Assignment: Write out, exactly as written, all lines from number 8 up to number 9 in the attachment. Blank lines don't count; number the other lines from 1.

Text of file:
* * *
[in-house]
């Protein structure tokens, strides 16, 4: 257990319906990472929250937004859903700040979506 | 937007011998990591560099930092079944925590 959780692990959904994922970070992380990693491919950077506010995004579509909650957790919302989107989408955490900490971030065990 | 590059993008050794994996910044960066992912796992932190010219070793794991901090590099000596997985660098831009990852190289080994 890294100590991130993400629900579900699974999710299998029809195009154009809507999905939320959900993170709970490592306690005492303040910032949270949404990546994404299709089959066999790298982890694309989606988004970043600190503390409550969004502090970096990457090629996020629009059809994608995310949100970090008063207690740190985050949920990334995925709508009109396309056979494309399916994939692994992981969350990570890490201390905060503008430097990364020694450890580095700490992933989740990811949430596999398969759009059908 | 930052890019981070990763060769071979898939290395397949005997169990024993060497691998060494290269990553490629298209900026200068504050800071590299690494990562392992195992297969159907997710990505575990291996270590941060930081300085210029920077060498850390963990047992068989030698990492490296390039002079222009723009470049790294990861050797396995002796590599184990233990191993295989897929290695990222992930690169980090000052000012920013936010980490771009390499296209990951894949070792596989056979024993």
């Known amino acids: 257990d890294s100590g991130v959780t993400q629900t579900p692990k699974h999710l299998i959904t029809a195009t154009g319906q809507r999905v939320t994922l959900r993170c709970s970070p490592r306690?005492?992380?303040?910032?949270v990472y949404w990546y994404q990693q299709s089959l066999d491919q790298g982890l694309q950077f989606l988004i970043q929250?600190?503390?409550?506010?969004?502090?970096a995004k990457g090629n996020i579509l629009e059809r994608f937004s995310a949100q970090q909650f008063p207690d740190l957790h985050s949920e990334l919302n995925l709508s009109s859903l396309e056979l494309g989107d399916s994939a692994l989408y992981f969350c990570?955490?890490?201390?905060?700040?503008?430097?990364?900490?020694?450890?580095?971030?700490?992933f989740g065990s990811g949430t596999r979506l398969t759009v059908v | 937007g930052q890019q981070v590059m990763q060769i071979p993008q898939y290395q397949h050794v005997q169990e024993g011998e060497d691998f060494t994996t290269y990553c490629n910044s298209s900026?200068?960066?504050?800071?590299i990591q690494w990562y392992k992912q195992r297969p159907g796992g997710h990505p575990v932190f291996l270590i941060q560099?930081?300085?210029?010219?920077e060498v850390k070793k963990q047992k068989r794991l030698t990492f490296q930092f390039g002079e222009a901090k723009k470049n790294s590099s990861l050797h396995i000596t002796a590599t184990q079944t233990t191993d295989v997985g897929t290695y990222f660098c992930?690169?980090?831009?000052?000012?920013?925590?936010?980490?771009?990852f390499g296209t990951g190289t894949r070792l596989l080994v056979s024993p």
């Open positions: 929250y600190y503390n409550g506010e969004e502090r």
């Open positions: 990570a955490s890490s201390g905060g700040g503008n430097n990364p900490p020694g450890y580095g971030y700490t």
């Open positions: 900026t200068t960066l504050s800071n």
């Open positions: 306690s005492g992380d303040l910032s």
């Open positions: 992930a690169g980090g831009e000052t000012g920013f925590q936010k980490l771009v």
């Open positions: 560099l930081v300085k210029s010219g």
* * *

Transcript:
């Open positions: 992930a690169g980090g831009e000052t000012g920013f925590q936010k980490l771009v």
């Open positions: 560099l930081v300085k210029s010219g």